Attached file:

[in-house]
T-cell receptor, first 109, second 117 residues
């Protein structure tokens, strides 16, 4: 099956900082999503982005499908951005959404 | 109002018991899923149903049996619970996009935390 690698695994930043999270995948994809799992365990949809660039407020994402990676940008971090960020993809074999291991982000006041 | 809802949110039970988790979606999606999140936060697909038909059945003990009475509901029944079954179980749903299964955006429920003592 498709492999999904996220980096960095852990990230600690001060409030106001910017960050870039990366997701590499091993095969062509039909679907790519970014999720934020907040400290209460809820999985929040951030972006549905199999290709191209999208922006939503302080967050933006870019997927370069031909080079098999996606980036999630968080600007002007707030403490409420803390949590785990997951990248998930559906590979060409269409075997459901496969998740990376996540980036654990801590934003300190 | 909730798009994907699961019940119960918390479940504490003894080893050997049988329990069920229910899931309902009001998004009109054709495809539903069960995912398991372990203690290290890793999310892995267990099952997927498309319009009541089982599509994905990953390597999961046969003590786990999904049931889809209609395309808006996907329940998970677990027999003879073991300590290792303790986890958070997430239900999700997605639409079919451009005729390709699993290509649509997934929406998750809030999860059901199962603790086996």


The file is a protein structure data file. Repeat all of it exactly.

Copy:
[in-house]
T-cell receptor, first 109, second 117 residues
């Protein structure tokens, strides 16, 4: 099956900082999503982005499908951005959404 | 109002018991899923149903049996619970996009935390 690698695994930043999270995948994809799992365990949809660039407020994402990676940008971090960020993809074999291991982000006041 | 809802949110039970988790979606999606999140936060697909038909059945003990009475509901029944079954179980749903299964955006429920003592 498709492999999904996220980096960095852990990230600690001060409030106001910017960050870039990366997701590499091993095969062509039909679907790519970014999720934020907040400290209460809820999985929040951030972006549905199999290709191209999208922006939503302080967050933006870019997927370069031909080079098999996606980036999630968080600007002007707030403490409420803390949590785990997951990248998930559906590979060409269409075997459901496969998740990376996540980036654990801590934003300190 | 909730798009994907699961019940119960918390479940504490003894080893050997049988329990069920229910899931309902009001998004009109054709495809539903069960995912398991372990203690290290890793999310892995267990099952997927498309319009009541089982599509994905990953390597999961046969003590786990999904049931889809209609395309808006996907329940998970677990027999003879073991300590290792303790986890958070997430239900999700997605639409079919451009005729390709699993290509649509997934929406998750809030999860059901199962603790086996």